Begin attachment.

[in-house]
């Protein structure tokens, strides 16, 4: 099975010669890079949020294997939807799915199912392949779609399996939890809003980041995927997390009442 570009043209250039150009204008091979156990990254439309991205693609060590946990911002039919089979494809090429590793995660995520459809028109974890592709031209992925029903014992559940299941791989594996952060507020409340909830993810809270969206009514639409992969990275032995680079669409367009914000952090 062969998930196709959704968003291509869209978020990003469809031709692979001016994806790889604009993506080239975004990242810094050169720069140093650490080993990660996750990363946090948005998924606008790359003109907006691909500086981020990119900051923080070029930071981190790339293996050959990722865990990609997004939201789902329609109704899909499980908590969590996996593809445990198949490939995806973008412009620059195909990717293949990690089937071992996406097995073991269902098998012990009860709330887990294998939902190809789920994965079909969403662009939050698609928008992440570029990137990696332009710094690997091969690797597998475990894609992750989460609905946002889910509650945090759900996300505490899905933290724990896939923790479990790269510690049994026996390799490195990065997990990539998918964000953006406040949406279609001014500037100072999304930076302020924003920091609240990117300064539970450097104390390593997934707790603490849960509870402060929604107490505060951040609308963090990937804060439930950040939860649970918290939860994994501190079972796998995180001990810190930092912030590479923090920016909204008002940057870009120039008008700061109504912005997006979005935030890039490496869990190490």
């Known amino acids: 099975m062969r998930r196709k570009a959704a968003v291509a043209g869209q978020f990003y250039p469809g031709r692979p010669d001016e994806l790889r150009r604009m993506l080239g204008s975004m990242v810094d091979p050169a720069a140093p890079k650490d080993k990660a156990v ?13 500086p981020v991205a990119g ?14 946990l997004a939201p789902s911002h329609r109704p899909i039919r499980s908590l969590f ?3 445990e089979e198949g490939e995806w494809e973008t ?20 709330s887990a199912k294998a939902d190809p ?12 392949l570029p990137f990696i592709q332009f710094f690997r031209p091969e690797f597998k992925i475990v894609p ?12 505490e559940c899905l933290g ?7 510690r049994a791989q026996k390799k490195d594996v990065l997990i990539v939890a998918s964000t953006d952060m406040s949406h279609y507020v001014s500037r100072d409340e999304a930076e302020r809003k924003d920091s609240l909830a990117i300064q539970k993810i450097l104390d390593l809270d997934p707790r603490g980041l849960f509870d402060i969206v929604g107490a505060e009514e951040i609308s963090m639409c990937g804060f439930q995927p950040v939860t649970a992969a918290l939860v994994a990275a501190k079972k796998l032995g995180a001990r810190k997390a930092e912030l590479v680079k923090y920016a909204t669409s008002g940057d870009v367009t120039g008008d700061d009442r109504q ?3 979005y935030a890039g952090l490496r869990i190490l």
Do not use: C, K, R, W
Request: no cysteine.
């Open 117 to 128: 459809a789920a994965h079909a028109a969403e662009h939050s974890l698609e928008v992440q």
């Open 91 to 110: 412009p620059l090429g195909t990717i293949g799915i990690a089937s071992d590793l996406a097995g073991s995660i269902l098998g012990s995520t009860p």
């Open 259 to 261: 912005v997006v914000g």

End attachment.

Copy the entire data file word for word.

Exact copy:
[in-house]
């Protein structure tokens, strides 16, 4: 099975010669890079949020294997939807799915199912392949779609399996939890809003980041995927997390009442 570009043209250039150009204008091979156990990254439309991205693609060590946990911002039919089979494809090429590793995660995520459809028109974890592709031209992925029903014992559940299941791989594996952060507020409340909830993810809270969206009514639409992969990275032995680079669409367009914000952090 062969998930196709959704968003291509869209978020990003469809031709692979001016994806790889604009993506080239975004990242810094050169720069140093650490080993990660996750990363946090948005998924606008790359003109907006691909500086981020990119900051923080070029930071981190790339293996050959990722865990990609997004939201789902329609109704899909499980908590969590996996593809445990198949490939995806973008412009620059195909990717293949990690089937071992996406097995073991269902098998012990009860709330887990294998939902190809789920994965079909969403662009939050698609928008992440570029990137990696332009710094690997091969690797597998475990894609992750989460609905946002889910509650945090759900996300505490899905933290724990896939923790479990790269510690049994026996390799490195990065997990990539998918964000953006406040949406279609001014500037100072999304930076302020924003920091609240990117300064539970450097104390390593997934707790603490849960509870402060929604107490505060951040609308963090990937804060439930950040939860649970918290939860994994501190079972796998995180001990810190930092912030590479923090920016909204008002940057870009120039008008700061109504912005997006979005935030890039490496869990190490």
């Known amino acids: 099975m062969r998930r196709k570009a959704a968003v291509a043209g869209q978020f990003y250039p469809g031709r692979p010669d001016e994806l790889r150009r604009m993506l080239g204008s975004m990242v810094d091979p050169a720069a140093p890079k650490d080993k990660a156990v ?13 500086p981020v991205a990119g ?14 946990l997004a939201p789902s911002h329609r109704p899909i039919r499980s908590l969590f ?3 445990e089979e198949g490939e995806w494809e973008t ?20 709330s887990a199912k294998a939902d190809p ?12 392949l570029p990137f990696i592709q332009f710094f690997r031209p091969e690797f597998k992925i475990v894609p ?12 505490e559940c899905l933290g ?7 510690r049994a791989q026996k390799k490195d594996v990065l997990i990539v939890a998918s964000t953006d952060m406040s949406h279609y507020v001014s500037r100072d409340e999304a930076e302020r809003k924003d920091s609240l909830a990117i300064q539970k993810i450097l104390d390593l809270d997934p707790r603490g980041l849960f509870d402060i969206v929604g107490a505060e009514e951040i609308s963090m639409c990937g804060f439930q995927p950040v939860t649970a992969a918290l939860v994994a990275a501190k079972k796998l032995g995180a001990r810190k997390a930092e912030l590479v680079k923090y920016a909204t669409s008002g940057d870009v367009t120039g008008d700061d009442r109504q ?3 979005y935030a890039g952090l490496r869990i190490l």
Do not use: C, K, R, W
Request: no cysteine.
């Open 117 to 128: 459809a789920a994965h079909a028109a969403e662009h939050s974890l698609e928008v992440q």
């Open 91 to 110: 412009p620059l090429g195909t990717i293949g799915i990690a089937s071992d590793l996406a097995g073991s995660i269902l098998g012990s995520t009860p």
């Open 259 to 261: 912005v997006v914000g």